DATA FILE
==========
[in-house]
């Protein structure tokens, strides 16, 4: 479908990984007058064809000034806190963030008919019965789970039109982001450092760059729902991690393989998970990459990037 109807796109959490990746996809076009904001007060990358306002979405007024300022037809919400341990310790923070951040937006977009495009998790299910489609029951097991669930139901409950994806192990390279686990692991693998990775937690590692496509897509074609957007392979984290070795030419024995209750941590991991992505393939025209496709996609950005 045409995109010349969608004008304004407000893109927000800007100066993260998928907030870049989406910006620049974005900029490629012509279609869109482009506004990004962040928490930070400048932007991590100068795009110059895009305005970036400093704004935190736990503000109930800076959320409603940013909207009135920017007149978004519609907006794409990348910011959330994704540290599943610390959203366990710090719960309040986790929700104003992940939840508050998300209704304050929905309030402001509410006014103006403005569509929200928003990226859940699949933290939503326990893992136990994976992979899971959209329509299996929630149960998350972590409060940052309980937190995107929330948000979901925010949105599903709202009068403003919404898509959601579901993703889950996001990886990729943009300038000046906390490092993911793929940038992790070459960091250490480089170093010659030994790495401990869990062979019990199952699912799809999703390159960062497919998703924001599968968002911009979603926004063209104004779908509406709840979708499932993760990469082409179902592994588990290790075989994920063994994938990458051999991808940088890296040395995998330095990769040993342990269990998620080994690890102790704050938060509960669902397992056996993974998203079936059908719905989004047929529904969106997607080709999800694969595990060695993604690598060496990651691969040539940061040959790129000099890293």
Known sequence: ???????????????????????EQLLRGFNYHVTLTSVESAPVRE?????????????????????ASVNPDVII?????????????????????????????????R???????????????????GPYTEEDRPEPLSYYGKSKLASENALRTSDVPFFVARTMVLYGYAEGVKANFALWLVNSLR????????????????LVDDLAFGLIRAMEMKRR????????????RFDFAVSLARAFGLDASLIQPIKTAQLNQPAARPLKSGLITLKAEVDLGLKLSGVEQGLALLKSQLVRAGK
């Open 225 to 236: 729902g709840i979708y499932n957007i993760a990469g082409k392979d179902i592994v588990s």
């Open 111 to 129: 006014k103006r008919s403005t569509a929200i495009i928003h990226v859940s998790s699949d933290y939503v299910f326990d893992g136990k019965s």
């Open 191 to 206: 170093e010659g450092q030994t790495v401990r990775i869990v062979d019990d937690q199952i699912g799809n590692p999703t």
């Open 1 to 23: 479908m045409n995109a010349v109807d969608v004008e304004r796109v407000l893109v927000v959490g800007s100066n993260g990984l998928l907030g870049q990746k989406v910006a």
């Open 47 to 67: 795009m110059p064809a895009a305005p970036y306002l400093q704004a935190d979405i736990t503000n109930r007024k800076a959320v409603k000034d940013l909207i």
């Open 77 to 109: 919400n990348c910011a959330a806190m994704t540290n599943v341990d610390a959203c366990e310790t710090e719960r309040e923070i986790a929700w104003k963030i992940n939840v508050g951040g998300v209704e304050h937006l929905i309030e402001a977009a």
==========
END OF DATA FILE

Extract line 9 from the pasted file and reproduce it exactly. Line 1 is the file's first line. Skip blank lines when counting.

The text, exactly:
């Open 77 to 109: 919400n990348c910011a959330a806190m994704t540290n599943v341990d610390a959203c366990e310790t710090e719960r309040e923070i986790a929700w104003k963030i992940n939840v508050g951040g998300v209704e304050h937006l929905i309030e402001a977009a």